Boland depicts Ceres as a gentle, accepting mother, patiently waiting and preparing for her daughter to leave her in “The Pomegranate.” The mother relates to the myth of Ceres and Persephone in various instances and states that “the best thing about the legend is [that she] can enter it anywhere” (Boland 6-7) and has. She too was “a child in exile in a city of fogs and strange consonants” (Boland 8-9) and knows what it will be like for her daughter. She, herself, has been a young girl reaching the prime of her life as well, although this time is different. The speaker will now experience a mother’s pain when her child walks down a separate path rather than the child’s joy of entering into the world as an adult. Instead of fighting against it, she accepts it. The mother is aware that her daughter’s time will come and prepares for it patiently as she “stand[s] where [she] can see [her] child asleep beside her teen magazines, her can of Coke, her plate of uncut fruit” (Boland 26-28). The mother knows that “the legend [of Ceres and Persephone] will be her [daughter’s] as well as her [own]. [Her daughter] will enter it. As [did she]” (Boland 50-51) and accepts it peacefully knowing that one day her daughter “will hold the papery flushed skin in her hand. And to her lips. [But she] will say nothing” (Boland 52-54).
In “The Bistro Styx,” Dove shows Ceres as a seemingly harsh, judgmental mother who is feverishly attempting to reunite with her distant daughter. The poem begins to show a mother waiting for her daughter to dine with her in a French Bistro. Unlike “The Pomegranate,” the daughter has already left her mother, rather than almost reaching adulthood, and has started her own life in Paris. The mother is cold and unkind. She continuously slams her daughter’s new lifestyle in her own mind, never voicing her true intentions. The narrator may have kissed her daughter and continued onto small talk, asking questions such as “How’s business” (Dove 15) and commenting about how she would “like to come by the [daughter’s] studio” (Dove 41-42) but the mother is battling a war on the inside. She “hazarded a motherly smile” (Dove 15-16) only to act as if everything was normal and fine although the tension is evident between the two. In her mind she cried out rude comments such as asking her daughter if she “was content to conduct [her own] life as a cliche and an anachronism, the brooding artist’s demimonde” (Dove 17-19)? Also, depicting scenes in which the narrator imagines and feels that her daughter is eating her alive due to the heavy emotional strain she is going through because of her daughter’s decision to leave. Comparing her own heart to a “chateaubriand, smug and absolute in its fragrant crust, one touch with [her daughter’s] fork sent pink juices streaming” (Dove 29-33). Throughout this meeting, her own daughter is attempting to prove to her mother that she is doing fine on her own and she no longer needs her. Dressing in “all gray, from a kittenish cashmere skirt and cowl down to the graphite signature of her shoes” (Dove 7-9) to create a look of maturity. The daughter continuously talks about her “gallery cum souvenir shop” (Dove 21) and how the “tourists love [them]. The Parisians are amused, though not without a certain admiration” (Dove 26-28) to assure her mother that her new life is thriving. Even apologizing that she was late, although she wasn’t, to make herself look like a busy woman. Unlike the daughter in Boland’s poem, she is aware that she is of age to leave her mother and made a conscious decision to do so. In the end of the battle of words, her mother asks if her daughter is truly happy, whispering it as though she was afraid of her daughter’s answer. The daughter responds as if she didn’t hear her, replying that “[her mother] really should try the fruit here” (Dove 68-70). The final sentence was a finishing blow for her mother as she calls for the check and immediately realizes that she has lost her. It is only then that she accepts that her daughter has truly moved on, although it still has a bitter tone for a resolve.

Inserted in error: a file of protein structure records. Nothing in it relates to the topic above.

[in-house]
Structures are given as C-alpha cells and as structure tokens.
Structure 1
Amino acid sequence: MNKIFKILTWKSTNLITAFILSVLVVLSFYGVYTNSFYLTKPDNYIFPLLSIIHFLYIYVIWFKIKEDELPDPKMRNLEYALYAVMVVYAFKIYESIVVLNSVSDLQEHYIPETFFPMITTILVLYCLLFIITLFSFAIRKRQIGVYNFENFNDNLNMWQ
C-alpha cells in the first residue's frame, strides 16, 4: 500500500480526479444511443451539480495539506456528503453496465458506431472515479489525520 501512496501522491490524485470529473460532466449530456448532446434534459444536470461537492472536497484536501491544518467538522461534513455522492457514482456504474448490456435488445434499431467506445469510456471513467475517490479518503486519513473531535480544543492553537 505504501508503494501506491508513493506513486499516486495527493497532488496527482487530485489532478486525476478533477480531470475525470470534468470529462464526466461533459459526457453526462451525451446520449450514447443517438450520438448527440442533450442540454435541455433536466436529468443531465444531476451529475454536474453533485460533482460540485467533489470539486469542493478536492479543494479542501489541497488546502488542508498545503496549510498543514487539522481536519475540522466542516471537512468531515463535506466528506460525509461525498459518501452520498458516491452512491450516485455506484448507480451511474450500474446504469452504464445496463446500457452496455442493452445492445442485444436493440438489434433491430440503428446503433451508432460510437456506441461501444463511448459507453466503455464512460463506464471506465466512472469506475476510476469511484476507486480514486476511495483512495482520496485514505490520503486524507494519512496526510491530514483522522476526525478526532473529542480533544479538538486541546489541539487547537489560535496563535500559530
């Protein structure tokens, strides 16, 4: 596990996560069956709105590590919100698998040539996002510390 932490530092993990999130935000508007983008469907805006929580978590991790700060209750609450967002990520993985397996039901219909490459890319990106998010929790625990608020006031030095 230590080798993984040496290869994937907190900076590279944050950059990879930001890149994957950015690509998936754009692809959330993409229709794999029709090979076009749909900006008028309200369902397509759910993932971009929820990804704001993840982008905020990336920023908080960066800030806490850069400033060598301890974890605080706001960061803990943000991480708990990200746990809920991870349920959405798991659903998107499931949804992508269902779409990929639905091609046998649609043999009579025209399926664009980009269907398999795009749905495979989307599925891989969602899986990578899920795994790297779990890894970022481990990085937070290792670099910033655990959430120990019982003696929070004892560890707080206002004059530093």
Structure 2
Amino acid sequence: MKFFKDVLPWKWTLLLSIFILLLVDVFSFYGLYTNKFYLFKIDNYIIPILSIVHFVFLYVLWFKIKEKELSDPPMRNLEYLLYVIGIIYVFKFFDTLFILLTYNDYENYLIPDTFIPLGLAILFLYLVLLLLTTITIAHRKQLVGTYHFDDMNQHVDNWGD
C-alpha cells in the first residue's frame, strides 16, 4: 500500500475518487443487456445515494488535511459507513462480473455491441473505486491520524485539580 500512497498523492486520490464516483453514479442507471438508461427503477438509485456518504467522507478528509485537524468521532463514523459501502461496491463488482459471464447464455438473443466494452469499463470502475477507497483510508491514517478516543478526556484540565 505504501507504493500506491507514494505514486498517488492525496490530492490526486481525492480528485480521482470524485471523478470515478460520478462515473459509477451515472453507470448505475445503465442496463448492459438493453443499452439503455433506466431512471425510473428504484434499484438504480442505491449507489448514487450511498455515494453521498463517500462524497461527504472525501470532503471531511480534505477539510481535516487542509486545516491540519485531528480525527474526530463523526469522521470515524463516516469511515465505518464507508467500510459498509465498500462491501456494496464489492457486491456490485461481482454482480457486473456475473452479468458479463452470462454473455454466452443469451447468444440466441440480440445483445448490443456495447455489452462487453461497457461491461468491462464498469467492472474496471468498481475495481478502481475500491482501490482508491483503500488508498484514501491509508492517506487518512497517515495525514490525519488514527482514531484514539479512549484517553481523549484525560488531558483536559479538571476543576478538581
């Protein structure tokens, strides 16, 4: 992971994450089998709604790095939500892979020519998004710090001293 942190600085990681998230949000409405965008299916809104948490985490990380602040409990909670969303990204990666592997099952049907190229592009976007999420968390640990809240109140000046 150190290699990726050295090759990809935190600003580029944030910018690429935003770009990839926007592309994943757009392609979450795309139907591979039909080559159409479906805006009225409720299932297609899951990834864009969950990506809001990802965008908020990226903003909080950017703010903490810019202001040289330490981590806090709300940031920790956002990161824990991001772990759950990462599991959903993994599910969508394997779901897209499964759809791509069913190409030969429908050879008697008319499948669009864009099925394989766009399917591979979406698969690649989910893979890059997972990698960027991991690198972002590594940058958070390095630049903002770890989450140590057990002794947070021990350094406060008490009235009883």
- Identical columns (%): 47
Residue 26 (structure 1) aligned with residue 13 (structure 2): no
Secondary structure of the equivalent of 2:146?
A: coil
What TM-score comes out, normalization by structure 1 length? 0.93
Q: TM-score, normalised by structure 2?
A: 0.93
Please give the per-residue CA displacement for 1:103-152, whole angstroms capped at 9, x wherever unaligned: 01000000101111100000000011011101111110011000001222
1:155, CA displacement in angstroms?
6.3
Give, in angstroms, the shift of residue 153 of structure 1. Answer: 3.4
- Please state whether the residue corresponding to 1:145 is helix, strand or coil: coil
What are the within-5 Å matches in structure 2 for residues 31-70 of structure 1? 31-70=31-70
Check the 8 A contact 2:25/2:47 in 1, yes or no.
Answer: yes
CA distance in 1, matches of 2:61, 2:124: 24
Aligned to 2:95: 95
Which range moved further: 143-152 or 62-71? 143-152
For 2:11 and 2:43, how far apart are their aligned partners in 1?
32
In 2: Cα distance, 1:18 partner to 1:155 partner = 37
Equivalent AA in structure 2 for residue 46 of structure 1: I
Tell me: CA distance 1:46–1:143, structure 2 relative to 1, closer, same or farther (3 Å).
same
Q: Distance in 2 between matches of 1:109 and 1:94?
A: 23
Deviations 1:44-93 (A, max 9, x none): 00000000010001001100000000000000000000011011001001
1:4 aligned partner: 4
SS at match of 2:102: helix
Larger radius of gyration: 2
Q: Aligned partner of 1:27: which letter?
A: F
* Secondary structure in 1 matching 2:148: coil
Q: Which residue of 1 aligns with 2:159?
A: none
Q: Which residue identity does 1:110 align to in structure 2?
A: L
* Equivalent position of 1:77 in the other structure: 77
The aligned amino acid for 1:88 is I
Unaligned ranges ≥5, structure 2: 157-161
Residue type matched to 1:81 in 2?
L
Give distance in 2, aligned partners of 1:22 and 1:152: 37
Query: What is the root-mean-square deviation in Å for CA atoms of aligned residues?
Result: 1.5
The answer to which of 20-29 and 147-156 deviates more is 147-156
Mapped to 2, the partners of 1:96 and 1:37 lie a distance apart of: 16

The two poems, “The Pomegranate” and “The Bistro Styx” conveys the internal conflict a mother must face when her daughter is old enough to lead her own life. While both works use the myth of Ceres and Persephone, “The Pomegranate” shows the mother to be accepting and preparing for her daughter to leave while the latter, “The Bistro Styx,” displays a mother that is currently fighting against the will of her grown daughter, hoping that she will return to her. In the end, both poems conclude that the mothers, or narrators, have, or will eventually, lose their daughter. Nothing could be done to stop the ancient cycle of Ceres and Persephone.